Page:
Pub Date: March 22, 2011

ISBN: 978-0-385-53331-7

Page Count: 320

Publisher: Doubleday

Review Posted Online: Dec. 2, 2010

Kirkus Reviews Issue: Dec. 1, 2010

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The author's youthfulness helps to assure the inevitable comparison with the Anne Frank diary although over and above the...

NIGHT

Elie Wiesel spent his early years in a small Transylvanian town as one of four children. 

He was the only one of the family to survive what Francois Maurois, in his introduction, calls the "human holocaust" of the persecution of the Jews, which began with the restrictions, the singularization of the yellow star, the enclosure within the ghetto, and went on to the mass deportations to the ovens of Auschwitz and Buchenwald. There are unforgettable and horrifying scenes here in this spare and sombre memoir of this experience of the hanging of a child, of his first farewell with his father who leaves him an inheritance of a knife and a spoon, and of his last goodbye at Buchenwald his father's corpse is already cold let alone the long months of survival under unconscionable conditions.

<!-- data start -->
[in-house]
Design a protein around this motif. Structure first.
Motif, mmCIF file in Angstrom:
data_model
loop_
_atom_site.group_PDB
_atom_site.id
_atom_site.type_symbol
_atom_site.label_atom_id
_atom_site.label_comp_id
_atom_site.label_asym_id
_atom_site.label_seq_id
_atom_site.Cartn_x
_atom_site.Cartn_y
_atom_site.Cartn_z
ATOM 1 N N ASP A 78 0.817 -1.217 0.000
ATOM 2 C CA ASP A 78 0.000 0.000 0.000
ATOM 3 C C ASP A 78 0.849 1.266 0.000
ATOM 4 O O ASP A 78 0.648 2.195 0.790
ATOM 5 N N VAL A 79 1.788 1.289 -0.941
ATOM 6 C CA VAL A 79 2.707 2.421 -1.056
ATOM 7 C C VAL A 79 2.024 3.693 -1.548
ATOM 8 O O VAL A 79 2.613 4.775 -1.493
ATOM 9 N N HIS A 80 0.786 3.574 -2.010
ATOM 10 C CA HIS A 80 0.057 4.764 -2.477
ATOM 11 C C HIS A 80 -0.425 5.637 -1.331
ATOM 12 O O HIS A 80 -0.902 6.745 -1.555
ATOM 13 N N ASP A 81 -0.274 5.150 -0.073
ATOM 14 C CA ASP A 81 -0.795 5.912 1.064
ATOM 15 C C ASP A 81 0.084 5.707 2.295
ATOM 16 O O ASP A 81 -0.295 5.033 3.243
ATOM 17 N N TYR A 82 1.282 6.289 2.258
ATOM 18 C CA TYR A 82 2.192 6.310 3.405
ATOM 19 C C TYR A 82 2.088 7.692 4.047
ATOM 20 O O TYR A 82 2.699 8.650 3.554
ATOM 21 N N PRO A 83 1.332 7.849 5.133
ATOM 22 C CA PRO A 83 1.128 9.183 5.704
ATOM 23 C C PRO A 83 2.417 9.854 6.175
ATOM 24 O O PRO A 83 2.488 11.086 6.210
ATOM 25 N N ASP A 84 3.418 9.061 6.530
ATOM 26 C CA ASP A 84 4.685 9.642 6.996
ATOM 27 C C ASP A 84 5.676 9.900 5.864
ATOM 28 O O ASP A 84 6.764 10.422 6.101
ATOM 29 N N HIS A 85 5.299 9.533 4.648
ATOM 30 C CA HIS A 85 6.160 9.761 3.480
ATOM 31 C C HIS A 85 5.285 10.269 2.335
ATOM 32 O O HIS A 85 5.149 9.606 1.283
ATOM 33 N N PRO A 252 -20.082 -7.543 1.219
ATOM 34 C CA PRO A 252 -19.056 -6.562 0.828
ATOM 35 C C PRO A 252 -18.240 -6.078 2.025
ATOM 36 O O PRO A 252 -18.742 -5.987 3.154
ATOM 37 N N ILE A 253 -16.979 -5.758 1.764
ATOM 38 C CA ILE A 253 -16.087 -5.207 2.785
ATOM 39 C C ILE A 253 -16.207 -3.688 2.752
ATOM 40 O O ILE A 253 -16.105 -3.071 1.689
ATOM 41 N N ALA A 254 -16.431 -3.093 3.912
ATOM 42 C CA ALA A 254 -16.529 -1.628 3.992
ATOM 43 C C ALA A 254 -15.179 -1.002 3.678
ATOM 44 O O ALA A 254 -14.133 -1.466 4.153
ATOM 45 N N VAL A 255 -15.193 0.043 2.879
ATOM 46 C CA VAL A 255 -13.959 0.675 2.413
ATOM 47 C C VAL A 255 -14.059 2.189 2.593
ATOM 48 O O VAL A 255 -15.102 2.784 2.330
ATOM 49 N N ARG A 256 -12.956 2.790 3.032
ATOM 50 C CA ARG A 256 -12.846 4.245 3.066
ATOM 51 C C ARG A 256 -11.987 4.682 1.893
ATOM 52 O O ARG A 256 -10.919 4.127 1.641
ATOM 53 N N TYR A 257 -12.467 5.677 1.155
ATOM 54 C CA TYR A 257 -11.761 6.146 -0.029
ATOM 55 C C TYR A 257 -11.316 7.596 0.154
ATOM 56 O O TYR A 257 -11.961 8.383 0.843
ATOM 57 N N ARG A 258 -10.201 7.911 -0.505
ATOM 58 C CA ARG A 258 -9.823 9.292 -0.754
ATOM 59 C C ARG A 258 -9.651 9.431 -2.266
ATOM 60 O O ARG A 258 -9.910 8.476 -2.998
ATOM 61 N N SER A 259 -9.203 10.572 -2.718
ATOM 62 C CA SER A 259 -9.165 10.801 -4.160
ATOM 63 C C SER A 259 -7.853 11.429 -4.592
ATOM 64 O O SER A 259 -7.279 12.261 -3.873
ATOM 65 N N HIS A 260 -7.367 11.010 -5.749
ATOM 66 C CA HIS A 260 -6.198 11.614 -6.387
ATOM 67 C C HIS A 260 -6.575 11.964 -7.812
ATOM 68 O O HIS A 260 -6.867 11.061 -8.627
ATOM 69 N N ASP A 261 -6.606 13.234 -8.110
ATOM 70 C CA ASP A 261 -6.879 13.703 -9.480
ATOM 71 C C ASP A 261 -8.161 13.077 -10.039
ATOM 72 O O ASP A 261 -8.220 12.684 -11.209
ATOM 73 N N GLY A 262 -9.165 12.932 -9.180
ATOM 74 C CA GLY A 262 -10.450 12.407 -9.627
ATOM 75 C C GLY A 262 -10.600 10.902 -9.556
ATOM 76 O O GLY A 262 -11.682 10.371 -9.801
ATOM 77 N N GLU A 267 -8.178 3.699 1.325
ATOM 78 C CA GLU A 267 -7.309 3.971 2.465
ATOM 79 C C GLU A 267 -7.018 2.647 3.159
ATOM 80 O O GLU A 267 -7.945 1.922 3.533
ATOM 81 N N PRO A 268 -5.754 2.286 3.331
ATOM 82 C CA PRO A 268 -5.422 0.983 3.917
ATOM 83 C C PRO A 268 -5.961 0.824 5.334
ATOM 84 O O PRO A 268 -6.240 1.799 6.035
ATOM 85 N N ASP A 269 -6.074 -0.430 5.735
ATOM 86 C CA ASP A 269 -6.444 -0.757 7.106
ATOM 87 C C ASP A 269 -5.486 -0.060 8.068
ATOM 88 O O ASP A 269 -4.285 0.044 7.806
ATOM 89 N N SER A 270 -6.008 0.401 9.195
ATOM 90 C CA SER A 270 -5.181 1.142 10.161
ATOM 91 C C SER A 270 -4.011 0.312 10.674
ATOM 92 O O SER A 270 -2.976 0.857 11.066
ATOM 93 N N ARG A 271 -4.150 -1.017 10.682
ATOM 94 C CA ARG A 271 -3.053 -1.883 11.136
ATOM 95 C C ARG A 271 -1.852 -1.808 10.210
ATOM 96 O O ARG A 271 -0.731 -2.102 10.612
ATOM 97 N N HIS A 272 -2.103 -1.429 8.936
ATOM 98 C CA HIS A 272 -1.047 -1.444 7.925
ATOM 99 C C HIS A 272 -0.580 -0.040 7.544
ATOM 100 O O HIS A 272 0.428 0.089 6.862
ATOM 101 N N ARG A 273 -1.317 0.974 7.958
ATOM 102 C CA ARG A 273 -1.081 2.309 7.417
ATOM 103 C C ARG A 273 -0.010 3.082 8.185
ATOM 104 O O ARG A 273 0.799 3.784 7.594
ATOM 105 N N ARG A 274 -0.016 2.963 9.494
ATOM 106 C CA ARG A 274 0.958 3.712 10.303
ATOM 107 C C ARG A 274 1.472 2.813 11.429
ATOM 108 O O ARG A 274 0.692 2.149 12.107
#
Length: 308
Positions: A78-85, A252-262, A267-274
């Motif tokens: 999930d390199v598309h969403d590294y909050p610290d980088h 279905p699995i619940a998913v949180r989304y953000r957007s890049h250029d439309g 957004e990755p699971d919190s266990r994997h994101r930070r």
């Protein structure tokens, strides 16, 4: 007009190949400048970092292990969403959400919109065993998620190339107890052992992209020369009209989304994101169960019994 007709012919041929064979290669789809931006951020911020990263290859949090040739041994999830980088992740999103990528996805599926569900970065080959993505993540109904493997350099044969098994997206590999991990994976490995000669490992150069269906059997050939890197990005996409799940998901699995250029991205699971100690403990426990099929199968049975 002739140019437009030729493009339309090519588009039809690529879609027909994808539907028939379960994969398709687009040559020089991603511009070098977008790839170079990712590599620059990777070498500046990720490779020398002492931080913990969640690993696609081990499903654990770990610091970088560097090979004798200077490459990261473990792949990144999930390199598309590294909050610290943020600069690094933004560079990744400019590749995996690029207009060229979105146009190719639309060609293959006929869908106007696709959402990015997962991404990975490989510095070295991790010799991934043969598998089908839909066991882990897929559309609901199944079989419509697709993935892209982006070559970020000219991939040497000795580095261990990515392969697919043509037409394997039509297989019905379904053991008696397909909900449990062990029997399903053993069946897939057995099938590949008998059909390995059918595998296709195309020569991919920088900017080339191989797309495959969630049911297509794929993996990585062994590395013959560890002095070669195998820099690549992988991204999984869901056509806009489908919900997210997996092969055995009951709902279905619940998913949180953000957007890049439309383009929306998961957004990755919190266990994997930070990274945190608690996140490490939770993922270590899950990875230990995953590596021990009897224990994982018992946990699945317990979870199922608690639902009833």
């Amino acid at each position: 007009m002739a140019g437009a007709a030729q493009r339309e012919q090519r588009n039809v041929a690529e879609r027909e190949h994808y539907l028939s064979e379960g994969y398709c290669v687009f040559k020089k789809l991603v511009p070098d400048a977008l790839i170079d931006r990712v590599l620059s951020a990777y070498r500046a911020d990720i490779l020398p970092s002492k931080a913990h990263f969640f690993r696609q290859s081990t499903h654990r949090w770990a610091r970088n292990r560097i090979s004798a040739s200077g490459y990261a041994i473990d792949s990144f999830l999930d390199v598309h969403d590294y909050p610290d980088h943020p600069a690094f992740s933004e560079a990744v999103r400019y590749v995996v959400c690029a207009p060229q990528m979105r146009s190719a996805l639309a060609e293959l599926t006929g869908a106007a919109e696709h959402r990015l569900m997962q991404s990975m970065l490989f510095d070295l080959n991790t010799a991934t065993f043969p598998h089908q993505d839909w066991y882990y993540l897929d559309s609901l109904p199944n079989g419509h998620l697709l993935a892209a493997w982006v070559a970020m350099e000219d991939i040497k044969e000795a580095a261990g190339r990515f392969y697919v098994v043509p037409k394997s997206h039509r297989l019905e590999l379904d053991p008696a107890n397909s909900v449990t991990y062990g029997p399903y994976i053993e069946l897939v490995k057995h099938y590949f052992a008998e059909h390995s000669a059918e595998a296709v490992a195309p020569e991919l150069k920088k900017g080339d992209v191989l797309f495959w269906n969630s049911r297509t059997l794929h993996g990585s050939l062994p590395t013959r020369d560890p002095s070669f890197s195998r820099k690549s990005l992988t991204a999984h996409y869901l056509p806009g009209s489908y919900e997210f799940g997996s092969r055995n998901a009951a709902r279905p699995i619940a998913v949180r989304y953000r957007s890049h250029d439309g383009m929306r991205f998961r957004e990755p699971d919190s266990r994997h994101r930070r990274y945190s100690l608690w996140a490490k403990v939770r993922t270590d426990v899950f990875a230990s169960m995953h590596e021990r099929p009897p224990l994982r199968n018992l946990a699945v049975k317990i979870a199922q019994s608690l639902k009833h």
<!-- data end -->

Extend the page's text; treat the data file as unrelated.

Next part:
The author's youthfulness helps to assure the inevitable comparison with the Anne Frank diary although over and above the sphere of suffering shared, and in this case extended to the death march itself, there is no spiritual or emotional legacy here to offset any reader reluctance.

Pub Date: Jan. 16, 2006

ISBN: 0374500010

Page Count: 120

Publisher: Hill & Wang

Review Posted Online: Oct. 7, 2011

Kirkus Reviews Issue: Jan. 15, 2006

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This moving, potent testament might have been titled “Black Lives Matter.” Or: “An American Tragedy.”

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BETWEEN THE WORLD AND ME

NOTES ON THE FIRST 150 YEARS IN AMERICA

The powerful story of a father’s past and a son’s future.